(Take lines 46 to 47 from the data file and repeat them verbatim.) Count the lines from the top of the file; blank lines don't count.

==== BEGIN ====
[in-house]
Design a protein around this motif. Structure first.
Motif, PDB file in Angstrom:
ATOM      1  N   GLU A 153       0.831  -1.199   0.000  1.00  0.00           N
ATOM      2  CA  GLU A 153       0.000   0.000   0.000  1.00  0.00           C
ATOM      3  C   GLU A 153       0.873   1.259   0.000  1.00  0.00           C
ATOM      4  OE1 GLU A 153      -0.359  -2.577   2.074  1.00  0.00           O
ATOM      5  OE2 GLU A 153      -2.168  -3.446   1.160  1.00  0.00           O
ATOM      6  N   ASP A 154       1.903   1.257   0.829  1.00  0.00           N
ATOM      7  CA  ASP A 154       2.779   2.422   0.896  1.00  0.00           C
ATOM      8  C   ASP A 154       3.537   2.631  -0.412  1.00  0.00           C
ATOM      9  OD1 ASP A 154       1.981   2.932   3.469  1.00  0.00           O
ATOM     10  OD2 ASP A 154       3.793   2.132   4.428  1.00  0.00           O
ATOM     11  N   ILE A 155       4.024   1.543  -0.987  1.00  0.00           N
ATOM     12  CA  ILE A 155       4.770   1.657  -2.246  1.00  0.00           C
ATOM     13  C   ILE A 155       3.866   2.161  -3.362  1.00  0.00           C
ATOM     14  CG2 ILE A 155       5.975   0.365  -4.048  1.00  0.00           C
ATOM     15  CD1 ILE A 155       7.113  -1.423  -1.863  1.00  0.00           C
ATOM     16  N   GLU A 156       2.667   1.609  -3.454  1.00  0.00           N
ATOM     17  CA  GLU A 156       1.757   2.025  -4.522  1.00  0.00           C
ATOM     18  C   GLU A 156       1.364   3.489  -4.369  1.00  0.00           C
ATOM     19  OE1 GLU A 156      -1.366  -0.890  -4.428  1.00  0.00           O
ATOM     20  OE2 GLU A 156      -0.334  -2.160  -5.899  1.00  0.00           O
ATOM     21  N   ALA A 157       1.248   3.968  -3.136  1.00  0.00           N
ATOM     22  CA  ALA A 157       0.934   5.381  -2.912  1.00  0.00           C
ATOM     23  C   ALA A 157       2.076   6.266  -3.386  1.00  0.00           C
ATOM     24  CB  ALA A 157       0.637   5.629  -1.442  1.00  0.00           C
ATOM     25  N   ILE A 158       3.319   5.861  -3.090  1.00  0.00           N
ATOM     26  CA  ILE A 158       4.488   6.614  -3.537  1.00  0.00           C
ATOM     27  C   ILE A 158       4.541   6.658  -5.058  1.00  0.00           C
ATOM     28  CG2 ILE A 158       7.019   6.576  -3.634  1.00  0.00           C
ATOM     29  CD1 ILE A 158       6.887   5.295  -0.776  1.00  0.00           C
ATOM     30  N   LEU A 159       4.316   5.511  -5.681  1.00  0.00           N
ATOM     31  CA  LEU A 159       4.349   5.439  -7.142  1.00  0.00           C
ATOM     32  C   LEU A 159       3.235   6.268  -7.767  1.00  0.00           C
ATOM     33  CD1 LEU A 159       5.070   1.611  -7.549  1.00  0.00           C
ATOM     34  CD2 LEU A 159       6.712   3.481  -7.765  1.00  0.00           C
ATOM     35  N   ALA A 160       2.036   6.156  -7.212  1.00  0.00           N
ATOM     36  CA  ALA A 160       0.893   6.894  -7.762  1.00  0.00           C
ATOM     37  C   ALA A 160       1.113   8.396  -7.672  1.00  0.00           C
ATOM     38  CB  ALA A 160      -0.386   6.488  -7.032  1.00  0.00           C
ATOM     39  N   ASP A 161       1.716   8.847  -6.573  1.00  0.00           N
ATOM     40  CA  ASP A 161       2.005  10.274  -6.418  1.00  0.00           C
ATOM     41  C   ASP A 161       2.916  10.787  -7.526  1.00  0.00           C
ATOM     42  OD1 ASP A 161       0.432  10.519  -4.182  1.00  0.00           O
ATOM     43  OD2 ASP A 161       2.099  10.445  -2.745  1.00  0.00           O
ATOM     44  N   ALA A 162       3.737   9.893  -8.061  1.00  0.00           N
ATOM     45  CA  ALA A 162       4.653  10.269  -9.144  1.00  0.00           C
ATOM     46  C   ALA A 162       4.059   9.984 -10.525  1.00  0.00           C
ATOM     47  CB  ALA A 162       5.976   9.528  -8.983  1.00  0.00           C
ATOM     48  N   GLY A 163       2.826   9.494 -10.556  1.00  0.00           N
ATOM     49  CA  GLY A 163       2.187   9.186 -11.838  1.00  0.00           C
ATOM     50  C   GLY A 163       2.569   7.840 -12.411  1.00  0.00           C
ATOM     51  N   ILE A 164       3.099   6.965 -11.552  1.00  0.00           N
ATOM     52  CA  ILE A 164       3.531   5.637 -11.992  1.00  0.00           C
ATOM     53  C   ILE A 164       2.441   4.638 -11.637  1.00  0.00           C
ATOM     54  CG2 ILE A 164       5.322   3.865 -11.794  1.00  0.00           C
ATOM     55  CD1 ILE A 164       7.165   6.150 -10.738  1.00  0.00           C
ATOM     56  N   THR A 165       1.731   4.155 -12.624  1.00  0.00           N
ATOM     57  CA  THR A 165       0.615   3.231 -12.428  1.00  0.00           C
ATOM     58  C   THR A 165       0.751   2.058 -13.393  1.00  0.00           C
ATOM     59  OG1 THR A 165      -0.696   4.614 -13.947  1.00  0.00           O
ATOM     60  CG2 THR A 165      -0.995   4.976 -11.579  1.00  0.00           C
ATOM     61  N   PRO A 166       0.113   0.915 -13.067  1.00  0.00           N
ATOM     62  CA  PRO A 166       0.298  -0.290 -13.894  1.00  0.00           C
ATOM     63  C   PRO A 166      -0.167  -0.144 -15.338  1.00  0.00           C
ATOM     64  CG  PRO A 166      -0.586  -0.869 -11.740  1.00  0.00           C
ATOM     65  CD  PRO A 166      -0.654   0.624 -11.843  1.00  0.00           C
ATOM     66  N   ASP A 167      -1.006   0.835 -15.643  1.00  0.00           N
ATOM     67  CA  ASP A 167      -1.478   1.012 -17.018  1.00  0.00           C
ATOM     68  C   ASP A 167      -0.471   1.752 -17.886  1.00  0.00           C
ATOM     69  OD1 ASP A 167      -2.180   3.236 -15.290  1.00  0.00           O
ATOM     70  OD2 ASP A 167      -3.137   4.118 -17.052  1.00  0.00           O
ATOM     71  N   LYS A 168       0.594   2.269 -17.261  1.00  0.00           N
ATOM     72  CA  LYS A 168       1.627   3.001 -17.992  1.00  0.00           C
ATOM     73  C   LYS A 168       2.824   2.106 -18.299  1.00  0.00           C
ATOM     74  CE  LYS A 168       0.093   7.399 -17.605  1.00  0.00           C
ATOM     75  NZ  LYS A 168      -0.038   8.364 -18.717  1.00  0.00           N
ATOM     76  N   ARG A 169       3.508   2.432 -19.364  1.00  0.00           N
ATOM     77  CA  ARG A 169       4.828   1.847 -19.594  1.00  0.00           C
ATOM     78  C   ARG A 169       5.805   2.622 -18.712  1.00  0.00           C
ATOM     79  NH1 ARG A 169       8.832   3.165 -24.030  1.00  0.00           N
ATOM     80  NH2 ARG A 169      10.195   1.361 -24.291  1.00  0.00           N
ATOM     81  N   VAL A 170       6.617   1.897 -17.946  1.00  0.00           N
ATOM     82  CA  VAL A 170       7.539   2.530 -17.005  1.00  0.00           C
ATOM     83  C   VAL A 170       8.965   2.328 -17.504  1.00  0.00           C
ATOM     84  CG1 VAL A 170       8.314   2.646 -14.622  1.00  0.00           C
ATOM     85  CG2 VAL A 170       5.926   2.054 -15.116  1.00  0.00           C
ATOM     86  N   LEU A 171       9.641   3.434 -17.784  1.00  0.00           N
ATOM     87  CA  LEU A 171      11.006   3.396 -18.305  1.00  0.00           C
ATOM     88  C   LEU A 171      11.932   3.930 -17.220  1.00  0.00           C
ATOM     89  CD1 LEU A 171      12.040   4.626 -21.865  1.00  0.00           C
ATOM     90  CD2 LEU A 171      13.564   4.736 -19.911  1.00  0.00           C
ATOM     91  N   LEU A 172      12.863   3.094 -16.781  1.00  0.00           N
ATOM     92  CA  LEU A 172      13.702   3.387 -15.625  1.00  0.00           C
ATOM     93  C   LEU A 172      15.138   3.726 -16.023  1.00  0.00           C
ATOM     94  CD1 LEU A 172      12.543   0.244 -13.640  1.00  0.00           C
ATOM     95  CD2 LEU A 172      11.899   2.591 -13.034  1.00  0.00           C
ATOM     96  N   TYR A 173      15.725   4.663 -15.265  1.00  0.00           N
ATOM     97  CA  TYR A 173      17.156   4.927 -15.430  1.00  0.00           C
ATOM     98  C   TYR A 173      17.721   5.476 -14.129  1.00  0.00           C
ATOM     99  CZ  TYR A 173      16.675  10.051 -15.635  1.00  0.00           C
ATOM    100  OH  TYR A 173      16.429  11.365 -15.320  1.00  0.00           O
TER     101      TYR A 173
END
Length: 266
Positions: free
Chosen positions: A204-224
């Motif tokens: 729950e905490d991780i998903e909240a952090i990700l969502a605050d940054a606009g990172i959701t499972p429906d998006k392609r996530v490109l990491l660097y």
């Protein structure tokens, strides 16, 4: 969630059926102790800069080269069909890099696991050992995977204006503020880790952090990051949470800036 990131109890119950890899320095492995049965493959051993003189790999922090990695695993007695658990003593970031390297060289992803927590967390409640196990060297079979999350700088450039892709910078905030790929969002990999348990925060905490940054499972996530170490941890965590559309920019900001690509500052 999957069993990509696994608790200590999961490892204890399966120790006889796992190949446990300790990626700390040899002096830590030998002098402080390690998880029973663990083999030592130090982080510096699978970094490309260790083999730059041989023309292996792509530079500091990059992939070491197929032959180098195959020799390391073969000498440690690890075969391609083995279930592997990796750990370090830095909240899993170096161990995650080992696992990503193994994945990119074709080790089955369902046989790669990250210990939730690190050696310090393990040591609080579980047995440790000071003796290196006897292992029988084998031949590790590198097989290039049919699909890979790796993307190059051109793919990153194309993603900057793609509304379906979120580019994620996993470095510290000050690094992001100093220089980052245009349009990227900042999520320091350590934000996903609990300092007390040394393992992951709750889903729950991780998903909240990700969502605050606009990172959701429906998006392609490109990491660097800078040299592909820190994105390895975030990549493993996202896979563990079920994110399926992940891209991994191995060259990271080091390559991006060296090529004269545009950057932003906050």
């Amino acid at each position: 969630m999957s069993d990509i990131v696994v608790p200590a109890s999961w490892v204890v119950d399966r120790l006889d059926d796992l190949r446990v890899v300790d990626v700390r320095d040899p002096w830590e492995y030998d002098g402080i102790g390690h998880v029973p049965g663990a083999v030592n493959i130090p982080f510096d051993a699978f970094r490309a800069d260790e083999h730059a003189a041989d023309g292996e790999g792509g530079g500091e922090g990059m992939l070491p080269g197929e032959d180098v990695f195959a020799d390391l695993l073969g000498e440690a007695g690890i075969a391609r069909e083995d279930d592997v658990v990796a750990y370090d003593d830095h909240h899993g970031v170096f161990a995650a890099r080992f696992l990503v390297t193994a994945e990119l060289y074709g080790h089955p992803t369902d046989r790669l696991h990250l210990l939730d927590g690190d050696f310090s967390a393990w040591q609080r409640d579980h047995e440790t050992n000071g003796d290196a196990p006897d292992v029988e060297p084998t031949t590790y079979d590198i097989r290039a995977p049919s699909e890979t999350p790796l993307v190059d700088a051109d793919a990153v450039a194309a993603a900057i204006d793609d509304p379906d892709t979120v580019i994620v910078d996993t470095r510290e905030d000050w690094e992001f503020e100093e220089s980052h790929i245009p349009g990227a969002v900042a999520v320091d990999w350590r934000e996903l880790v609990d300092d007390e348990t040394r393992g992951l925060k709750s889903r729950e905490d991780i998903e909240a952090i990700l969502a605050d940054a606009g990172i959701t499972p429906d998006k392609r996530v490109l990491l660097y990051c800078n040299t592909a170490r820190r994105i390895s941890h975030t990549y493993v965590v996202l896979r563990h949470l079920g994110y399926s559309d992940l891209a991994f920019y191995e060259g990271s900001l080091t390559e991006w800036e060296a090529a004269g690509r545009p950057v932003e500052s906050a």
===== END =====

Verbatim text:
ATOM     43  OD2 ASP A 161       2.099  10.445  -2.745  1.00  0.00           O
ATOM     44  N   ALA A 162       3.737   9.893  -8.061  1.00  0.00           N